25 June 2013

Eucalyptus depauperata - A red-flowering species

Click image to enlarge

Eucalyptus depauperata - A red-flowering species

This small mallee eucalypt is very similar to Eucalyptus eremophila subsp. eremophila (see here), and was once lumped in with that species as I also did, until I had reason to view my complete collection of specimens. It then became apparent that I had two species, one with much smaller buds and fruits (difficult to appreciate from photographs), which turned out to be Eucalyptus depauperata. The total bud length of Eucalyptus depauperata is less than 2.5 cm (1”), whilst those of E. eremophila are generally well over that size.

As with Eucalyptus eremophila, the flowers of this species are yellow or red, but to me are more intense and also like the former the yellow flowered plants are much more common. However I did see a number of red ones when I kept an eye open for them and consider these plants although still rare, to be much less so than E. eremophila.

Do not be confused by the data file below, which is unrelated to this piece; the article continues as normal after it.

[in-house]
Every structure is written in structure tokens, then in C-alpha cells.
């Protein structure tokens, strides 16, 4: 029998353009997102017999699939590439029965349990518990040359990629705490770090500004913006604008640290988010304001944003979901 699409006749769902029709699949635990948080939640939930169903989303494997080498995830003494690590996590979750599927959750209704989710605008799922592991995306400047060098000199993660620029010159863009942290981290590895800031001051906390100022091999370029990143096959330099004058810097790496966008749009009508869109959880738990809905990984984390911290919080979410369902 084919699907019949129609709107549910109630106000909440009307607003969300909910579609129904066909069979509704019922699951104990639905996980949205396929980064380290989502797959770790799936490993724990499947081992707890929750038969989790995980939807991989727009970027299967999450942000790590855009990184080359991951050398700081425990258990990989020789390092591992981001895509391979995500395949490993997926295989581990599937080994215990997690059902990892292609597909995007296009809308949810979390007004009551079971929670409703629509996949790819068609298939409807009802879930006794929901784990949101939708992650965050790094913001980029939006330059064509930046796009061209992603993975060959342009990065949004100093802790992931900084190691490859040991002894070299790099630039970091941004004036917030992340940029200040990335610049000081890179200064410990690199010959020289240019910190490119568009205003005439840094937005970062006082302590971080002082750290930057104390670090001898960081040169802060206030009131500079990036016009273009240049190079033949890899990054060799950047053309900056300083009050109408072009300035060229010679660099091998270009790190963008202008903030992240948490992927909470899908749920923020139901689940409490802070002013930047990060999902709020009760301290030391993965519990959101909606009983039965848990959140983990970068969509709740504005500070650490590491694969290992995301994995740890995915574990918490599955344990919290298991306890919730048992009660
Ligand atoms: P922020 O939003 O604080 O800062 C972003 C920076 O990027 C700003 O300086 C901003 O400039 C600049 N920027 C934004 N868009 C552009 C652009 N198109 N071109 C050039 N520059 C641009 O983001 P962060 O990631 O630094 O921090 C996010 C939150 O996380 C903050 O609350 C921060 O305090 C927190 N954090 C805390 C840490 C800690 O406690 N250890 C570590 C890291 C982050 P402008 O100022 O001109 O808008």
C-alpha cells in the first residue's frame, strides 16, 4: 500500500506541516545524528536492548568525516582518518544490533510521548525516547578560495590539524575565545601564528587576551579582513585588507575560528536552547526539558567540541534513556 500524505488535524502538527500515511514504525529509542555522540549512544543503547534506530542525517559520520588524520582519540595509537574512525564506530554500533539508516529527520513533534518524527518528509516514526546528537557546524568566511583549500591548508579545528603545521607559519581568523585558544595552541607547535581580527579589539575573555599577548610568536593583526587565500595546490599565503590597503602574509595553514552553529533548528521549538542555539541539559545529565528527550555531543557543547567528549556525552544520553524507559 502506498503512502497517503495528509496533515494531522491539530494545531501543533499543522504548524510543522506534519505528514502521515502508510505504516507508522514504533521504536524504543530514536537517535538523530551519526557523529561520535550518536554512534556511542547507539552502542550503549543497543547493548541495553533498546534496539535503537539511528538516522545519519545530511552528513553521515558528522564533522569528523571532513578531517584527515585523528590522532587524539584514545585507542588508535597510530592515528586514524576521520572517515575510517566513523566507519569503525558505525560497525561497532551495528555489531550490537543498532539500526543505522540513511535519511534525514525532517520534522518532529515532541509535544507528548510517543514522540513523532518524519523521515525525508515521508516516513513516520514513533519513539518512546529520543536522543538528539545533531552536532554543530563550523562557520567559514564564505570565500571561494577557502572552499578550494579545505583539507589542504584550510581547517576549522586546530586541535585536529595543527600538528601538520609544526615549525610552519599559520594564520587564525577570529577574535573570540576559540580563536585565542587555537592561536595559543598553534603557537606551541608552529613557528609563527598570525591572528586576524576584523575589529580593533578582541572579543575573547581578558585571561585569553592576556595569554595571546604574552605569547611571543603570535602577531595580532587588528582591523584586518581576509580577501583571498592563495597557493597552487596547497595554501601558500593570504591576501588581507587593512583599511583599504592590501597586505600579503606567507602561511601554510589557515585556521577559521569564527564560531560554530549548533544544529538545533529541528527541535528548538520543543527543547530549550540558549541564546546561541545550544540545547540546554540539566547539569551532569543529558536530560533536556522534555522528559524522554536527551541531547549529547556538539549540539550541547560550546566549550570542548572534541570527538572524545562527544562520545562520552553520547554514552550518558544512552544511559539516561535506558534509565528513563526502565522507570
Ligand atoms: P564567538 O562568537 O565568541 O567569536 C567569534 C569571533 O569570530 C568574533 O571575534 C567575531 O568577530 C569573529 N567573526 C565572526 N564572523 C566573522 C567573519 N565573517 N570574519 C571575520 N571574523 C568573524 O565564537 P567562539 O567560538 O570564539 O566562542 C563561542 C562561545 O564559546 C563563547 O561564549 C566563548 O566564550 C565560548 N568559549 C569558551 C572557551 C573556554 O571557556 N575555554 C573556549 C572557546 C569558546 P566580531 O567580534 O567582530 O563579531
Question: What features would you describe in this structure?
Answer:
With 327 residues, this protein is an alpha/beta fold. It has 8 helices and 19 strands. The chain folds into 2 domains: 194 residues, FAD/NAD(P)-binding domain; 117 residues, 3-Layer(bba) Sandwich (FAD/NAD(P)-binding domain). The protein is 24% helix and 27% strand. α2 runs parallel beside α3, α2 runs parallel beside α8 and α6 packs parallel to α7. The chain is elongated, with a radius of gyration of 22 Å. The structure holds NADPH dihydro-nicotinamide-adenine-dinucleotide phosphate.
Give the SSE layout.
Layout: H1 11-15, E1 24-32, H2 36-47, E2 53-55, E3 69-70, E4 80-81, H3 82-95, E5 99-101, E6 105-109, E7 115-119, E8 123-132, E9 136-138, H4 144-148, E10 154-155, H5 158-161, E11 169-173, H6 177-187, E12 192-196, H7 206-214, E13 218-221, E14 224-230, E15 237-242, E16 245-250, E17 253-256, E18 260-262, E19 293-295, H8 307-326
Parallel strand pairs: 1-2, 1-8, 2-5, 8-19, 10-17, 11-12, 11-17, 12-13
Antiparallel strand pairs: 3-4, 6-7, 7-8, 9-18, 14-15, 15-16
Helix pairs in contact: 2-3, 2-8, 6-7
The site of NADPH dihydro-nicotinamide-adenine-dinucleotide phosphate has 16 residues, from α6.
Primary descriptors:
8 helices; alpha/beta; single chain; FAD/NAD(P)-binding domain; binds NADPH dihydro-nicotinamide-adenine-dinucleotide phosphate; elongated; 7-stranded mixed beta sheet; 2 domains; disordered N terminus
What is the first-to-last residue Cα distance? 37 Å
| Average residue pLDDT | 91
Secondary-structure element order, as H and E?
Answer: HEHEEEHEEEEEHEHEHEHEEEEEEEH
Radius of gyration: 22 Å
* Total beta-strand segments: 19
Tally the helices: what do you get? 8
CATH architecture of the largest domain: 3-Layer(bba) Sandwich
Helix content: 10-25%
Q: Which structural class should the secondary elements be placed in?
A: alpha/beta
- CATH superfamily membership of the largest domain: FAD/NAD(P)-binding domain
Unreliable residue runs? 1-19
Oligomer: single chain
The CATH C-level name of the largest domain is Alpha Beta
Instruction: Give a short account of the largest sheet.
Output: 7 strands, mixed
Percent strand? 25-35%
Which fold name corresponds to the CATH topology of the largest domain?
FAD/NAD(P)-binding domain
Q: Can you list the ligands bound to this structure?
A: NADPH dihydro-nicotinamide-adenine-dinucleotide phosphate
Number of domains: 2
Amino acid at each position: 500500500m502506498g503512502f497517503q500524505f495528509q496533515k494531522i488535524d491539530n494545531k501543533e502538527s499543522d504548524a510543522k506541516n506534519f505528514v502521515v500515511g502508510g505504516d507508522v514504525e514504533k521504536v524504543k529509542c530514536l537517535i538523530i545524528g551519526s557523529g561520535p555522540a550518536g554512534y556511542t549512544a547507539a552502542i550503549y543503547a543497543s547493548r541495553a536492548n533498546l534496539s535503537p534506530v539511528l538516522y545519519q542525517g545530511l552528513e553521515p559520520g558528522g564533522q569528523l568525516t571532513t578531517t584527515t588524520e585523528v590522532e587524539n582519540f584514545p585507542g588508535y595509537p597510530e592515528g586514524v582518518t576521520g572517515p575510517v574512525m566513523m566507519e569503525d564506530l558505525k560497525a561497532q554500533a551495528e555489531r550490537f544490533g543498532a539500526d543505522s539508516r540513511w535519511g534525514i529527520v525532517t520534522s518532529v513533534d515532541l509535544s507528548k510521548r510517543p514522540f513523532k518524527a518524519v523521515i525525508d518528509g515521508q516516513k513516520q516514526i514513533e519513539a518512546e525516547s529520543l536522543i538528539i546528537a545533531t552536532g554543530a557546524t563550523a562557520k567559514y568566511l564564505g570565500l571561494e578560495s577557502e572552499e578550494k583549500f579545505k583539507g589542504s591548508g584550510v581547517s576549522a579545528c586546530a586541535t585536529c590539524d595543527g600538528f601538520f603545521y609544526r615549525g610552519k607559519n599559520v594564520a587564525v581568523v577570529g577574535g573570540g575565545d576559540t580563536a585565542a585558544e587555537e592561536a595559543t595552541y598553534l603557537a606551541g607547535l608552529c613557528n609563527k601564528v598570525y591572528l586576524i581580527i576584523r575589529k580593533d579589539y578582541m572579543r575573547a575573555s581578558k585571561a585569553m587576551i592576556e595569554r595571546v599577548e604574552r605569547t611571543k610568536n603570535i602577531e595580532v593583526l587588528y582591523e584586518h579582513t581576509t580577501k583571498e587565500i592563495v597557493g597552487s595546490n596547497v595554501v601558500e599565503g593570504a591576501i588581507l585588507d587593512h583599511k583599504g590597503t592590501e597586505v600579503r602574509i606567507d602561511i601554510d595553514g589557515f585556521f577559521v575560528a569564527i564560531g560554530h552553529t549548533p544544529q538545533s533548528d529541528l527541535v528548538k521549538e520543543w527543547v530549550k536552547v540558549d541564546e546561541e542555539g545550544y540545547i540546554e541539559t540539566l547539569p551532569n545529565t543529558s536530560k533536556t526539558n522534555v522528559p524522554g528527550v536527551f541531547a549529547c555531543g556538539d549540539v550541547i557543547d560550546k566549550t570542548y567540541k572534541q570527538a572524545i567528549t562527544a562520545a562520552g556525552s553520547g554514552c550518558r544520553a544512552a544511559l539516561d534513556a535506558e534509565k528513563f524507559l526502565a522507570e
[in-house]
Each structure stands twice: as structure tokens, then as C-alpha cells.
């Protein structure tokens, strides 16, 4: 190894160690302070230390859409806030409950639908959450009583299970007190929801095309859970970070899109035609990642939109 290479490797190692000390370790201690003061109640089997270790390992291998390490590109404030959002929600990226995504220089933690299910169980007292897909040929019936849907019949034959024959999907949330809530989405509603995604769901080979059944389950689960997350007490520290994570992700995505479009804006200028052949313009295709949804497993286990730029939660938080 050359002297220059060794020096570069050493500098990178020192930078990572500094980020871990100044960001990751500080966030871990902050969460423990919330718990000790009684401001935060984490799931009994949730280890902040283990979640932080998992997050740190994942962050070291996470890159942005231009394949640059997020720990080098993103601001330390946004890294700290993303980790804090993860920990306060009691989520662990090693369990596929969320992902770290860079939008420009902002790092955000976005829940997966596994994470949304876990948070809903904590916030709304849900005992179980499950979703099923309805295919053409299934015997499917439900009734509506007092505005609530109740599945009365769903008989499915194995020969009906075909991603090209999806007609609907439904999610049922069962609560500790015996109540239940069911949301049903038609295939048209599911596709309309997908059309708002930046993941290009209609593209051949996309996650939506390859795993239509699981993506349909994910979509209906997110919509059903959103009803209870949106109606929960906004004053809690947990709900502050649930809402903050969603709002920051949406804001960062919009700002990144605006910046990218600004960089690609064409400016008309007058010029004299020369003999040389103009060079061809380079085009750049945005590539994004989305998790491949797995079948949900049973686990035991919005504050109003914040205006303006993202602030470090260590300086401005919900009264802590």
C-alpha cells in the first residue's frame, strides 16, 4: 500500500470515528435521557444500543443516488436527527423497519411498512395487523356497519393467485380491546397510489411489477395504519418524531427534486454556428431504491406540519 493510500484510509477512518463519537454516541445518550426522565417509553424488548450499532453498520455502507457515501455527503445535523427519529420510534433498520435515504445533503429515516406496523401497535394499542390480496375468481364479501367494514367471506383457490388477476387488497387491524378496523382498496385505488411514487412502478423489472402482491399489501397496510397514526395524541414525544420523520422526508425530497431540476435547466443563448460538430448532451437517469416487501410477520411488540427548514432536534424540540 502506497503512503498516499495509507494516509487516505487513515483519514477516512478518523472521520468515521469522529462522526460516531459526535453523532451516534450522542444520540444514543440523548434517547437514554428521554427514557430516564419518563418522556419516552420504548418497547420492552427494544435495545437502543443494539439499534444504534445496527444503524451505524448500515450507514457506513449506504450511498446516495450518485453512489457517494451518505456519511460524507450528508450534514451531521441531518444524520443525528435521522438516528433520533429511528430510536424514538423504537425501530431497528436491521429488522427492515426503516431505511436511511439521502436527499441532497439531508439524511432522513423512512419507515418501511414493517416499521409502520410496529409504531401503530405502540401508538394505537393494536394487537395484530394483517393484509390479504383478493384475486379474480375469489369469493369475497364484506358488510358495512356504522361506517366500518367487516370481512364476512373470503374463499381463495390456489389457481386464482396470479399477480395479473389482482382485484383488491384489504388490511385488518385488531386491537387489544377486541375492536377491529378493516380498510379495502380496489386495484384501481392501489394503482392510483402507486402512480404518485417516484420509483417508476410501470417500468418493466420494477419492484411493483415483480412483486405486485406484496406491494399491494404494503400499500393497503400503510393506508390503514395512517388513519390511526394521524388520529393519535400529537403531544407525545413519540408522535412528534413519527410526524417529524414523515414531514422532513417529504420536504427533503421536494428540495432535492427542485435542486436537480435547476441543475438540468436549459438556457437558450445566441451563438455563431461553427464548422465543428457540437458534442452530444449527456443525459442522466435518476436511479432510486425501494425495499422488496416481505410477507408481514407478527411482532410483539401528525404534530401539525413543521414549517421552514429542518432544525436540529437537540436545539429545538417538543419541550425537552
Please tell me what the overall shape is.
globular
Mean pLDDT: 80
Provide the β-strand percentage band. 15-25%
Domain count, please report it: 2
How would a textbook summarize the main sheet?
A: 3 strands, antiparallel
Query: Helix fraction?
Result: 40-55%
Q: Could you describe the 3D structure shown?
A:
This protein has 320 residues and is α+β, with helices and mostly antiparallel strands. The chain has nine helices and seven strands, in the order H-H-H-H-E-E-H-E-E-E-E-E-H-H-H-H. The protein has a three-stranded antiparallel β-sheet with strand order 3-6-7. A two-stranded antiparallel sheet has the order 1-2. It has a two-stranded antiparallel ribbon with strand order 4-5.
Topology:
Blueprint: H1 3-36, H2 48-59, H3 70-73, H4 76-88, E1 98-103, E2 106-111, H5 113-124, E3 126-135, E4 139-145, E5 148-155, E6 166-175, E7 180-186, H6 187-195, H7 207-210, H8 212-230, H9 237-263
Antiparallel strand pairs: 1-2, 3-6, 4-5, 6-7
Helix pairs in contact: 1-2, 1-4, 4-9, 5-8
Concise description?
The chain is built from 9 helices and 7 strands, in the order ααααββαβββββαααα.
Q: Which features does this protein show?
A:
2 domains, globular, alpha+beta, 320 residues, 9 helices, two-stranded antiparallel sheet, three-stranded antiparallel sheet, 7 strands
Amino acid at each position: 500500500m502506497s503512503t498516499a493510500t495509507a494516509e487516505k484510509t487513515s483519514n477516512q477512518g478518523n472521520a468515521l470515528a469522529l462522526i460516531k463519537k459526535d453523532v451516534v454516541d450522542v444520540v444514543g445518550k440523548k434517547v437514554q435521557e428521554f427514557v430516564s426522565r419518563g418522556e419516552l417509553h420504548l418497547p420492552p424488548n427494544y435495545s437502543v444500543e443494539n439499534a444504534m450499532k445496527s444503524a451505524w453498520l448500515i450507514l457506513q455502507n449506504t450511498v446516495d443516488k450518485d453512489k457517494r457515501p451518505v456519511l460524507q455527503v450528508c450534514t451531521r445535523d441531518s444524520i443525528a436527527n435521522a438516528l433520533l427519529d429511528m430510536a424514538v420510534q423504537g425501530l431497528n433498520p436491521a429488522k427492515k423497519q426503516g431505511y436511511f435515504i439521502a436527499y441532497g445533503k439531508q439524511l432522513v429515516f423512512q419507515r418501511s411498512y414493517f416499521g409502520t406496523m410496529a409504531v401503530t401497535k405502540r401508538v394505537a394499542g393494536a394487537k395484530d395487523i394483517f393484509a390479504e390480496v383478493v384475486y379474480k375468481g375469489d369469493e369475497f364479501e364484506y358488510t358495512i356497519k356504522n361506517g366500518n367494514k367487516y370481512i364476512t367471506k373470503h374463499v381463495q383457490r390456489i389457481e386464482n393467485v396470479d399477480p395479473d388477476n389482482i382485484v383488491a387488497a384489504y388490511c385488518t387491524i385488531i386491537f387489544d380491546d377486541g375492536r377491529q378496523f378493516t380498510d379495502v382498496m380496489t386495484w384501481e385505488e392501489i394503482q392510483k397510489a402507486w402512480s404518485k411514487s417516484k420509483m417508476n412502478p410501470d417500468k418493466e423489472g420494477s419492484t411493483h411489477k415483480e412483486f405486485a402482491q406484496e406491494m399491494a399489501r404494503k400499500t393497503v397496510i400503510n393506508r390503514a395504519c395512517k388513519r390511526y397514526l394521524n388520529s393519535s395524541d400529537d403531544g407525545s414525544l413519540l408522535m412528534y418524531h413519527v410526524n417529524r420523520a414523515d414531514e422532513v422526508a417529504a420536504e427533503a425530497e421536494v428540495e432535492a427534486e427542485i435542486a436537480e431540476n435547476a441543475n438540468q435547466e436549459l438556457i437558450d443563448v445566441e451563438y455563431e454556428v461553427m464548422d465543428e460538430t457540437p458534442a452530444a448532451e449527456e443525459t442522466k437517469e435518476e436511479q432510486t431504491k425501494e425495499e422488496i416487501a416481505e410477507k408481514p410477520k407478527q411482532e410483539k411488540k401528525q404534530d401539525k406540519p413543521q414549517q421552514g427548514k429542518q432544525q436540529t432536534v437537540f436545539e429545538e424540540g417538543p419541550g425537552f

Eucalyptus depauperata has a much smaller distribution than E. eremophila, occurring only in an inland mallee region from Lake King to the Peak Charles region, where it commonly grows in sandy soils especially over gravel. Throughout this region Eucalyptus eremophila is also common, so they are easily confused.

Besides the smaller buds and fruits, Eucalyptus depauperata is also a shorter growing mallee, seldom exceeding 4 metres (12’) in height and commonly around 2 metres when it tends to flower for the first time. The WA Herbarium FloraBase has this eucalypt flowering in September, whilst in the Field Guide to Eucalypts Vol.2 by Brooker and Kleinig it is listed from December to February. From my observations Late November to Late January was the situation, but these times will vary depending on local weather conditions.

The genus Eucalyptus is part of the large and very diverse Myrtaceae family.